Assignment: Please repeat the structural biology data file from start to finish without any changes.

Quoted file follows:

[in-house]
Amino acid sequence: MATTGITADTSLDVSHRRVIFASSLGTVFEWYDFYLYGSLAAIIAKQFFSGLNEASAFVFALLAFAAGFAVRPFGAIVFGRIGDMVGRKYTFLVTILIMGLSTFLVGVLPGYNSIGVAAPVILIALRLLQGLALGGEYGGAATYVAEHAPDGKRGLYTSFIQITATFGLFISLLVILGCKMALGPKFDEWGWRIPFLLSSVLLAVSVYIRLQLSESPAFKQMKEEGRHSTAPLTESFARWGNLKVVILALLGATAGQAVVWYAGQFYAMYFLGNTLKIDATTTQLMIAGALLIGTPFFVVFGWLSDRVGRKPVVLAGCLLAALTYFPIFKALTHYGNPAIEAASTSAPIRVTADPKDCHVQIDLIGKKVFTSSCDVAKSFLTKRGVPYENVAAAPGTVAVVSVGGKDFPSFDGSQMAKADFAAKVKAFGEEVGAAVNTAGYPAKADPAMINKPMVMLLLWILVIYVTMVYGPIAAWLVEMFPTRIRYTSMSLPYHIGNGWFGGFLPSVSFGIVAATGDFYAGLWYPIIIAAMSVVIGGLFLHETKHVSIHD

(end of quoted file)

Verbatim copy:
[in-house]
Amino acid sequence: MATTGITADTSLDVSHRRVIFASSLGTVFEWYDFYLYGSLAAIIAKQFFSGLNEASAFVFALLAFAAGFAVRPFGAIVFGRIGDMVGRKYTFLVTILIMGLSTFLVGVLPGYNSIGVAAPVILIALRLLQGLALGGEYGGAATYVAEHAPDGKRGLYTSFIQITATFGLFISLLVILGCKMALGPKFDEWGWRIPFLLSSVLLAVSVYIRLQLSESPAFKQMKEEGRHSTAPLTESFARWGNLKVVILALLGATAGQAVVWYAGQFYAMYFLGNTLKIDATTTQLMIAGALLIGTPFFVVFGWLSDRVGRKPVVLAGCLLAALTYFPIFKALTHYGNPAIEAASTSAPIRVTADPKDCHVQIDLIGKKVFTSSCDVAKSFLTKRGVPYENVAAAPGTVAVVSVGGKDFPSFDGSQMAKADFAAKVKAFGEEVGAAVNTAGYPAKADPAMINKPMVMLLLWILVIYVTMVYGPIAAWLVEMFPTRIRYTSMSLPYHIGNGWFGGFLPSVSFGIVAATGDFYAGLWYPIIIAAMSVVIGGLFLHETKHVSIHD